Philadelphia Phillies Should Remain Cautious Despite Roy Halladay's Solid Return

Alec SnyderContributor IIIAugust 25, 2013

PHILADELPHIA, PA - AUGUST 25: Starting pitcher Roy Halladay #34 of the Philadelphia Phillies throws a pitch during the game against the Arizona Diamondbacks at Citizens Bank Park on August 25, 2013 in Philadelphia, Pennsylvania. (Photo by Brian Garfinkel/Getty Images)
Brian Garfinkel/Getty Images

Following an 18-inning contest that ran seven hours and six minutes and saw the Philadelphia Phillies and Arizona Diamondbacks use a combined 20 pitchers, both teams were short on sleep and pitching depth heading into Sunday's series finale.

The D'backs had just enough depth to ensure that they wouldn't have to delve into their starting rotation to finish off their 12-7 win. 

On the other hand, the Phillies saw their starter in Saturday's game, Ethan Martin, go just two-thirds of an inning, so they had to rely on Tyler Cloyd in five of the nine extra innings. Cloyd pitched well, allowing no runs, though he did walk five batters.

However, Cloyd's walk count isn't the full concern here. Rather, it's that he was supposed to start in Sunday's game. He ended up starting, though it wasn't in the mold that was expected.

He couldn't start after throwing 72 pitches just hours earlier, so the Phillies had to do the unthinkable: bring back Roy Halladay even though he was scheduled for another rehab start in Double-A. 

The move came with some concern, and rightfully so.

Although he hadn't been roughed up in his two previous rehab starts, Halladay wasn't exactly masterful either. In his second, more recent outing, Doc only surrendered two runs (one earned), but he also allowed seven hits and walked three batters.

Promoting Halladay off that kind of line wasn't ideal, but then again, neither was playing the longest game in team history the night before. With no better options, Halladay made a triumphant return to the majors and started for the Phillies the first time since May 5.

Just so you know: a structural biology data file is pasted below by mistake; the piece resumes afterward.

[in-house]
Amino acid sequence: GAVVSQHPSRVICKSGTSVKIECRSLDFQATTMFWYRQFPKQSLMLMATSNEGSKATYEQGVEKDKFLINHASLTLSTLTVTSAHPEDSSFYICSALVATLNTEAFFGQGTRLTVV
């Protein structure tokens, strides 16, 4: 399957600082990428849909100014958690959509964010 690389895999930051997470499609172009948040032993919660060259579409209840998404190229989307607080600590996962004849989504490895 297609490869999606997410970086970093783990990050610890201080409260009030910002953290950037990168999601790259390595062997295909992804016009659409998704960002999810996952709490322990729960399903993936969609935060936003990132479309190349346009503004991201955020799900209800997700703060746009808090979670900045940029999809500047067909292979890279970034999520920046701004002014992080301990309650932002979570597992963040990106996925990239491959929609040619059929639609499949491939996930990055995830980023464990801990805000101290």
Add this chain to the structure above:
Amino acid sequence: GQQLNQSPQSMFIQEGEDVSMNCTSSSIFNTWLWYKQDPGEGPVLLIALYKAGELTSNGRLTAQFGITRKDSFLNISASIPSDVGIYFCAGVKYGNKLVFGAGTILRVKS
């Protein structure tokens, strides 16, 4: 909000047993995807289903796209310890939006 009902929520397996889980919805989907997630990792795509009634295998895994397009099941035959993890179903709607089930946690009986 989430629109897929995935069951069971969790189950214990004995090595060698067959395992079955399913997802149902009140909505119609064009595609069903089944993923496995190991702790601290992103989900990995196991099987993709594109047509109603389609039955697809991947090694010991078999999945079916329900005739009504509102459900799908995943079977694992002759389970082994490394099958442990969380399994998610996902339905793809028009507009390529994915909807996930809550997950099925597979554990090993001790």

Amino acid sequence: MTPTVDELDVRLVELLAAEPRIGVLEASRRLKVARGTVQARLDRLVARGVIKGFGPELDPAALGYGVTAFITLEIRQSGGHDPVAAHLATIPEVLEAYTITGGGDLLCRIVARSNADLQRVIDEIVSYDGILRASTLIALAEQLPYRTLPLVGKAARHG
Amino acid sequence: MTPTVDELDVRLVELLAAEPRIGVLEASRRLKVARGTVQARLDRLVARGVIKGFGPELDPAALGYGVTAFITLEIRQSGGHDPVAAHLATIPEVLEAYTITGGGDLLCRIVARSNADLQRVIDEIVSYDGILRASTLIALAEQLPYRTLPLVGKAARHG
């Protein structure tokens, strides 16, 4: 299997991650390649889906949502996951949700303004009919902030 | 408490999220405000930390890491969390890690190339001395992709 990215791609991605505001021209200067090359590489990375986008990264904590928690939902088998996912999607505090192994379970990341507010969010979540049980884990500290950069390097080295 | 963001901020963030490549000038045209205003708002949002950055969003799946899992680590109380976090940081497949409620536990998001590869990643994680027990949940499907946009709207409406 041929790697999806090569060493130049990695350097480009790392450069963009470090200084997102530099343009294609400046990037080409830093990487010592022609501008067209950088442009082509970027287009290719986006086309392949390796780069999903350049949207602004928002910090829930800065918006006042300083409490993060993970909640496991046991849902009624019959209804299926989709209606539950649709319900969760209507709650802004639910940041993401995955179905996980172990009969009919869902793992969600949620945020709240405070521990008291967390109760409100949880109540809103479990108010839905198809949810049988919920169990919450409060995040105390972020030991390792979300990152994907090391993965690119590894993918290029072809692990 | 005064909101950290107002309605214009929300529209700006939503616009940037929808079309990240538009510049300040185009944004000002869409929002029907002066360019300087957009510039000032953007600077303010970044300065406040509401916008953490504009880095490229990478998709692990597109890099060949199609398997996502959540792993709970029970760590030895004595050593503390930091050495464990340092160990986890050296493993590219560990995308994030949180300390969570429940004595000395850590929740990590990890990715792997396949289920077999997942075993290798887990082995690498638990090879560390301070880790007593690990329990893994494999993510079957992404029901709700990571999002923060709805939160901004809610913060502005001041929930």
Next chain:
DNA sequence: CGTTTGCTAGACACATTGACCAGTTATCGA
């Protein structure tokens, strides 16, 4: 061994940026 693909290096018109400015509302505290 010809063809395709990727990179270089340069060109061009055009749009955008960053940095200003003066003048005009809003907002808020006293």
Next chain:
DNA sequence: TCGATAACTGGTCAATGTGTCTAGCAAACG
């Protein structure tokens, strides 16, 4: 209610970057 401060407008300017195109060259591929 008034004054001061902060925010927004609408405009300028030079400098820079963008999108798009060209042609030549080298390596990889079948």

He wasn't lights-out, striking out just two hitters and walking the same amount. Only 55 of his 94 pitches were for strikes. Doc also gave up two earned runs, but would've surrendered four if not for Roger Bernadina's heroics at the center field wall that saved what would have been a game-tying two-run homer.

Halladay walked off the mound after six innings with a 9-2 lead behind him and received a standing ovation. Seeing Doc pitch the kind of game he did was encouraging, as was his fastball velocity, which was tweeted by's Todd Zolecki:



Despite Halladay's successful resurgence at the major league level, the Phillies should be cautious with their former ace. One start does not mean much in terms of performance, and though Doc's start did come against a team above .500, there are far better teams in the majors. 

What may get lost in the lights of Doc's decent start was that the Phillies still don't think he is ready to return. 

While Halladay felt he was ready to return to the bigs after his last rehab start at Low-A Lakewood, the front office didn't concur with their pitcher's self-analysis and would have maintained that opinion had they not run out of options.

Halladay should feel confident since the Phillies didn't view Adam Morgan or David Buchanan as superior options for a spot start despite their absence on the 40-man roster. In reality, though, Doc probably should have been given another chance in the minors before coming back to Philadelphia.

One start is great for Halladay, and fans should be thrilled to see him pitching again. But, unless Doc gets hurt again, he's here to stay in the majors, regardless of whether he's ready or not. 

Nevertheless, Doc is back, and he should go to sleep well tonight.

But the Phillies should not.

I'm willing to give Halladay the benefit of the doubt for at least another start, but it isn't yet safe to say that Doc is truly back to his good old self. Give him some time and we'll have a complete report, but for now, take Halladay's success with a grain of salt and be prepared in case things blow up in the near future.